If you are following me on Twitter, you know that the only thing I tweet about as much as crafting is .... Space. That's right, I'm a complete and total Space Geek.
My fascination with Space and Space travel started when I was about 11 years old. I'd always been interested in Outer Space and astronauts, but it was specifically the Challenger tragedy that spurred me into declaring I wanted to be an astronaut myself. I still remember sitting in my 5th grade class and seeing the teacher from the next classroom over come in and start whispering grimly to our teacher. I heard things like "shuttle" and "explosion" and had an immediate lump in my stomach. As I continued to follow the story and learn more about the astronauts on the Challenger's crew, I developed a deep appreciation for the brave pioneers who were willing to risk their lives in the name of science.
A year later, I went to Space Camp. (I have to thank my parents profusely here for being willing and able to send me) It was an amazing experience, that differed just a smidge from the classic 1986 movie - which I have almost memorized and adore. I learned loads, made great friends and ate french fries shaped like Space Shuttles. I bounced around in a 1/6 chair and got to feel what it would be like to walk on the moon. It was amazing.
My love for Space has continued my entire life, and has recently been infiltrating my tweets, especially during the last Shuttle mission back in May. I was able to sit in my office and work while I streamed live video of the astronauts' space walks and their repairs of the Hubble telescope.
Surely I'm not the only one amazed by this, right?
I mean ... HELLO! Live video streaming from hundreds of miles above us - astronauts chatting (and so politely!) - dear ole Hubble ... this is amazing stuff, folks!
I was watching the shuttle launch (actually, scrubbed due to weather issues, crossing fingers for tonight) last night, and couldn't believe that no one else in my family wanted to watch with me. I gasped as the astronauts disembarked the orbiter (some even giving a wave and a thumbs up to the little camera positioned in the white room just outside the orbiter's hatch) and said, "Look! It's the astronauts! They're getting off the orbiter! Check out their suits! Their helmets! Look at the guys helping them!" Apparently, it wasn't enough to pull the kids from watching iCarly.
My husband looked at me and said, "You are such a dork."
Now, I know he wasn't being mean and I've never been one to hide my nerd badge, but come on! We are blasting humans in to space. They are hooking up with the International Space Station. There will be Space walks ... in SPACE. All of it real and there for us to watch and admire. Teams of people, working hard, using their insanely smart brains and making all these amazing things happen ... up in SPACE!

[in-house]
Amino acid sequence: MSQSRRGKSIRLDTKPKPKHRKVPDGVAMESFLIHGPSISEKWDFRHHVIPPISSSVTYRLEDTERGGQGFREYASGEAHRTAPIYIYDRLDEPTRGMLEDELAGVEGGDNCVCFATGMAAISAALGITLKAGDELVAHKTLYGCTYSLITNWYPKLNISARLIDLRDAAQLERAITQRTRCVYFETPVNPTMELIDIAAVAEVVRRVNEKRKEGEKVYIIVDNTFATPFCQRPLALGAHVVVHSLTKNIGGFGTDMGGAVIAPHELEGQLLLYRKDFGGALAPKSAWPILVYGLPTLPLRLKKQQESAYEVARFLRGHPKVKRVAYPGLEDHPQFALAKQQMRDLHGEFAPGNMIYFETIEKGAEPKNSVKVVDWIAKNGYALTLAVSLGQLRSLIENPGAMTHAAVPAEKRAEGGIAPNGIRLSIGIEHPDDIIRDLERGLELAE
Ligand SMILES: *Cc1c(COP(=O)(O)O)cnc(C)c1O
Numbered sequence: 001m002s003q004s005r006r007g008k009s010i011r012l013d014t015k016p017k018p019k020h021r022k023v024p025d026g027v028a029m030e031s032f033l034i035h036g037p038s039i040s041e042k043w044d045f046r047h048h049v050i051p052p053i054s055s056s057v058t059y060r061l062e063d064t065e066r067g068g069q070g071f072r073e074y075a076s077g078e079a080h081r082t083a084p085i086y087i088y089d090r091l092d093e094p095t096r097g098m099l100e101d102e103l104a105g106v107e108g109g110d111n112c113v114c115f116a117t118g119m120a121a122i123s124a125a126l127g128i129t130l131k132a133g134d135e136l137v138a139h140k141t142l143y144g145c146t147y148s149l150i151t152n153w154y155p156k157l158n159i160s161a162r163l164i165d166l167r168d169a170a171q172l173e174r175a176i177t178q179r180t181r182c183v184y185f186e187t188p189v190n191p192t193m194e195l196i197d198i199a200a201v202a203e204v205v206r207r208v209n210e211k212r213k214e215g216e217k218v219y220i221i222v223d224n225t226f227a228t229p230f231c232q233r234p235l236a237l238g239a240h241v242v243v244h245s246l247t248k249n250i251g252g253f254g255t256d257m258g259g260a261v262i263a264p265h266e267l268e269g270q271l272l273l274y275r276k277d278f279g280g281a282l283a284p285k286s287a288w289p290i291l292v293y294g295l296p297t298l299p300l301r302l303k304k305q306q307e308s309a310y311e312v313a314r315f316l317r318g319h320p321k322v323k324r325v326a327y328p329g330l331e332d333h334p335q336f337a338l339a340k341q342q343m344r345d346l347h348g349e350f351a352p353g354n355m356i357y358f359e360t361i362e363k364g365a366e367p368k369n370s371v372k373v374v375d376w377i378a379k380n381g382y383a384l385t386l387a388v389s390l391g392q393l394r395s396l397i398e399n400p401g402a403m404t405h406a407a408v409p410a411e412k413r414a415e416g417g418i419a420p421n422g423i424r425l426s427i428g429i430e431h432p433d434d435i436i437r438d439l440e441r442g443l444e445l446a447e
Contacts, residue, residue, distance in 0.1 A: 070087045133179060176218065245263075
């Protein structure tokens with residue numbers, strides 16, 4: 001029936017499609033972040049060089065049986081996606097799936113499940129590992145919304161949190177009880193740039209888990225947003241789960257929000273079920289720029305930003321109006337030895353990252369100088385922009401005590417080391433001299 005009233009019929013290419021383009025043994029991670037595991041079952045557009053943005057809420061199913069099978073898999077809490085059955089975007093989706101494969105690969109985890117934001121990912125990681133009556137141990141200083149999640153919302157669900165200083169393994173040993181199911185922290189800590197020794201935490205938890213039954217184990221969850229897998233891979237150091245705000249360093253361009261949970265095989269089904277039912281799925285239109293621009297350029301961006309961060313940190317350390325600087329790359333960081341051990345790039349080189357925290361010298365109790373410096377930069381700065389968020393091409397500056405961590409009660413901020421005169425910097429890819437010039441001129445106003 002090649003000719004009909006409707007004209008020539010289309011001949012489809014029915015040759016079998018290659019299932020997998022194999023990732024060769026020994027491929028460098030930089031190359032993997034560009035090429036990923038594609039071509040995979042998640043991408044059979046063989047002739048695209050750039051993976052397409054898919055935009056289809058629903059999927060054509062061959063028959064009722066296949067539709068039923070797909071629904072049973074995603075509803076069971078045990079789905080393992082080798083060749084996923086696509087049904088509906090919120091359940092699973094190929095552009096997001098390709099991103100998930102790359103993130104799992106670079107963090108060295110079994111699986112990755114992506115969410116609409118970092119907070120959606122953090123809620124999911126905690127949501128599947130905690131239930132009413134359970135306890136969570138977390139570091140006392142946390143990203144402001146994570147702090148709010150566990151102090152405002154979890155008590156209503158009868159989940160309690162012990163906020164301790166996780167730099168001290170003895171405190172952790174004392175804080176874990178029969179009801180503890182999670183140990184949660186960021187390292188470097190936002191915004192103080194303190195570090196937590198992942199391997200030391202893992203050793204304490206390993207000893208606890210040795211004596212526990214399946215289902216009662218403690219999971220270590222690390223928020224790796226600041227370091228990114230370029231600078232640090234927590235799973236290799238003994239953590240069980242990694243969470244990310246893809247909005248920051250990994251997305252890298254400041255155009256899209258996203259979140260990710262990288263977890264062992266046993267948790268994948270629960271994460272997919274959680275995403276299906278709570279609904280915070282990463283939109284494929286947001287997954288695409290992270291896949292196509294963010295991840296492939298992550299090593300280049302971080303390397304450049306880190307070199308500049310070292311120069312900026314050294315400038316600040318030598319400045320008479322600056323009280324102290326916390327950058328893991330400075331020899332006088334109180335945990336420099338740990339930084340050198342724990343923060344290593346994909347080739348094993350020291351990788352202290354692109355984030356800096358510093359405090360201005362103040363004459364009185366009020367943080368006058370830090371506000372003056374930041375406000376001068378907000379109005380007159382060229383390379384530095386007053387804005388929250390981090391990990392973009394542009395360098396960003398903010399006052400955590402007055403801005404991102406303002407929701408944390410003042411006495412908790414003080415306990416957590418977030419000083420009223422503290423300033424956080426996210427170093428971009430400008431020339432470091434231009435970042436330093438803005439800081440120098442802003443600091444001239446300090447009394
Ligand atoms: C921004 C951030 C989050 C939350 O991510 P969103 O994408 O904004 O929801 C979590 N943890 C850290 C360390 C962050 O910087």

How is this dorky? How is this not the most awesome thing we can experience? Why isn't everyone excited and interested and fired up about it?
I have a theory: we've (mostly) lost touch with the 11-year-old inside of us.
Nothing brings me back to that excited, full of wonder and awe self like Space. When I watched astronaut Mike Massimino take the coolest space tools ever to Hubble, I was instantly transported back to 1986. I was giddy and excited and interested and in complete awe. Being able to follow Massimino on Twitter (and the numerous other NASA twitter feeds) allowed me to feel like I was along for the ride and left me feeling completey inspired.
So here's where my love of Space and my love of crafting coincide: Inspiration, wonder, awe, excitement, and tapping back in to that carefree feeling I had when I was a kid. They actually both evoke very similar emotions for me.
Aren't we all looking for inspiration? Don't we all want something that leaves us breathless and happy and excited to see what the future will be? Am I a dork for thinking that things like Space travel and crafting can bring that feeling to others? I'm ok with that.
Give yourself some time tonight to watch the launch. Follow NASA on Twitter, follow the astronauts on Twitter. If you have kids, get them to watch, too. Maybe you can make something while you watch. Open yourself up to the possibility of being completely inspired.
Or ... just go ahead thinking I'm a dork
10 Ways to get involved with NASA
Space Flight Now - up-to-date information on launch and video
SpaceVidCast - another place to watch - it's in HD and has a couple who do commentary during the launch prep. There's also a chat room. You might see me in there under avgjanecrafter
NASA TV - you can watch online, but there's a bit of a delay behind the first two sites listed here. If you have staellite tv, you can catch it there.
NASA on Twitter
Astronaut Mike Massimino on Twitter
Astronaut and Commander of the current mission, Mike Pollansky